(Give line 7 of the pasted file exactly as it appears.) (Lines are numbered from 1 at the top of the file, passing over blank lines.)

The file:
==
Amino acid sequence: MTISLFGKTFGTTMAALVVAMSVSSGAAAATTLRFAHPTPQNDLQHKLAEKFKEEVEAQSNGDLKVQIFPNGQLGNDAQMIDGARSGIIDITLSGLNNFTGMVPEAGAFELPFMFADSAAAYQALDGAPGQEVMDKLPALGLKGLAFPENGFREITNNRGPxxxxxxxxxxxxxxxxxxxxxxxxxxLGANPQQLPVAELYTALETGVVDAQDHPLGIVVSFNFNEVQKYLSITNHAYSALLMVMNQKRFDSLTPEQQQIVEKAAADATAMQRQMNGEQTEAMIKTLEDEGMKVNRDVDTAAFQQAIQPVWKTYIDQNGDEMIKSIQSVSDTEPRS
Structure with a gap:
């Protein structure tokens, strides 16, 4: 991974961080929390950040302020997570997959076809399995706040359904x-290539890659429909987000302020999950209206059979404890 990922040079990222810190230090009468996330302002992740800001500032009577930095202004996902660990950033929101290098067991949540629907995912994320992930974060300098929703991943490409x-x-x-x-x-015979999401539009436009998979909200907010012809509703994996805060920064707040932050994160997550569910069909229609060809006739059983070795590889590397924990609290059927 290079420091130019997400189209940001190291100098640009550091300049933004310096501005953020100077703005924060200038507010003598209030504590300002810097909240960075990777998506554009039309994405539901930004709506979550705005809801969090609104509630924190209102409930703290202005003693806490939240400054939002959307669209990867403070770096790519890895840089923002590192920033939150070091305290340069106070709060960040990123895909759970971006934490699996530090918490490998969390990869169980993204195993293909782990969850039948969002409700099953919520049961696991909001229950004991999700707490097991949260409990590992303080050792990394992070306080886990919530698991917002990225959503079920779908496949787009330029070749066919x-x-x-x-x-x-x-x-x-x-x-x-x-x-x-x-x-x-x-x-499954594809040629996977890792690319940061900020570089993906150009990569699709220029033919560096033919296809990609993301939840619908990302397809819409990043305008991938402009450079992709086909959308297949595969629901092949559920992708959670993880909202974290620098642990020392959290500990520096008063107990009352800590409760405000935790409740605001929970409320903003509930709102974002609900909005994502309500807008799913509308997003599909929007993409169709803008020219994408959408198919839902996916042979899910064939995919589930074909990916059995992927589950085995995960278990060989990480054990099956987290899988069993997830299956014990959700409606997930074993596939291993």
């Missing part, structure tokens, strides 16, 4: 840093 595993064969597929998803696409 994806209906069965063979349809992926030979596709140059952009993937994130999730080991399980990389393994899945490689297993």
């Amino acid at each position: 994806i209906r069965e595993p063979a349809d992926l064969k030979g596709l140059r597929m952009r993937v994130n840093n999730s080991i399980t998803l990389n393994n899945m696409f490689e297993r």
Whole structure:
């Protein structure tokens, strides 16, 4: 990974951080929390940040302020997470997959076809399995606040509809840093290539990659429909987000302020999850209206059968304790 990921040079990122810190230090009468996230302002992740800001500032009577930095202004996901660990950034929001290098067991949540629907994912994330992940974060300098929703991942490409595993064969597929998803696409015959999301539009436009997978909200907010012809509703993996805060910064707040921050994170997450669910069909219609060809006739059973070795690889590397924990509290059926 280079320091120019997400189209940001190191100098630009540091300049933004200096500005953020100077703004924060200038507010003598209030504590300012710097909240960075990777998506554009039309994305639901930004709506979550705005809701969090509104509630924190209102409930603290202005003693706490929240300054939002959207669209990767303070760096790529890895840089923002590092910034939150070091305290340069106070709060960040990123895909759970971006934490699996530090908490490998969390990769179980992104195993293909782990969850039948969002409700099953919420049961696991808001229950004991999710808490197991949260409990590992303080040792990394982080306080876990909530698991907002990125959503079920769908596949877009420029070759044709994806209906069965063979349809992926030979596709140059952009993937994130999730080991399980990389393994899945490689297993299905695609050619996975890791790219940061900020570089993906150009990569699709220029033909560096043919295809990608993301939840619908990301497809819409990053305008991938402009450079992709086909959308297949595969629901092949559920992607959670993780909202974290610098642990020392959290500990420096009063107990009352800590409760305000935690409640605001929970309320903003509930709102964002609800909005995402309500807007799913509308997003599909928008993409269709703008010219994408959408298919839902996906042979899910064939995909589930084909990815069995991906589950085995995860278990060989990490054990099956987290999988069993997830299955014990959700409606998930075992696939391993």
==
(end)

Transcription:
């Protein structure tokens, strides 16, 4: 990974951080929390940040302020997470997959076809399995606040509809840093290539990659429909987000302020999850209206059968304790 990921040079990122810190230090009468996230302002992740800001500032009577930095202004996901660990950034929001290098067991949540629907994912994330992940974060300098929703991942490409595993064969597929998803696409015959999301539009436009997978909200907010012809509703993996805060910064707040921050994170997450669910069909219609060809006739059973070795690889590397924990509290059926 280079320091120019997400189209940001190191100098630009540091300049933004200096500005953020100077703004924060200038507010003598209030504590300012710097909240960075990777998506554009039309994305639901930004709506979550705005809701969090509104509630924190209102409930603290202005003693706490929240300054939002959207669209990767303070760096790529890895840089923002590092910034939150070091305290340069106070709060960040990123895909759970971006934490699996530090908490490998969390990769179980992104195993293909782990969850039948969002409700099953919420049961696991808001229950004991999710808490197991949260409990590992303080040792990394982080306080876990909530698991907002990125959503079920769908596949877009420029070759044709994806209906069965063979349809992926030979596709140059952009993937994130999730080991399980990389393994899945490689297993299905695609050619996975890791790219940061900020570089993906150009990569699709220029033909560096043919295809990608993301939840619908990301497809819409990053305008991938402009450079992709086909959308297949595969629901092949559920992607959670993780909202974290610098642990020392959290500990420096009063107990009352800590409760305000935690409640605001929970309320903003509930709102964002609800909005995402309500807007799913509308997003599909928008993409269709703008010219994408959408298919839902996906042979899910064939995909589930084909990815069995991906589950085995995860278990060989990490054990099956987290999988069993997830299955014990959700409606998930075992696939391993």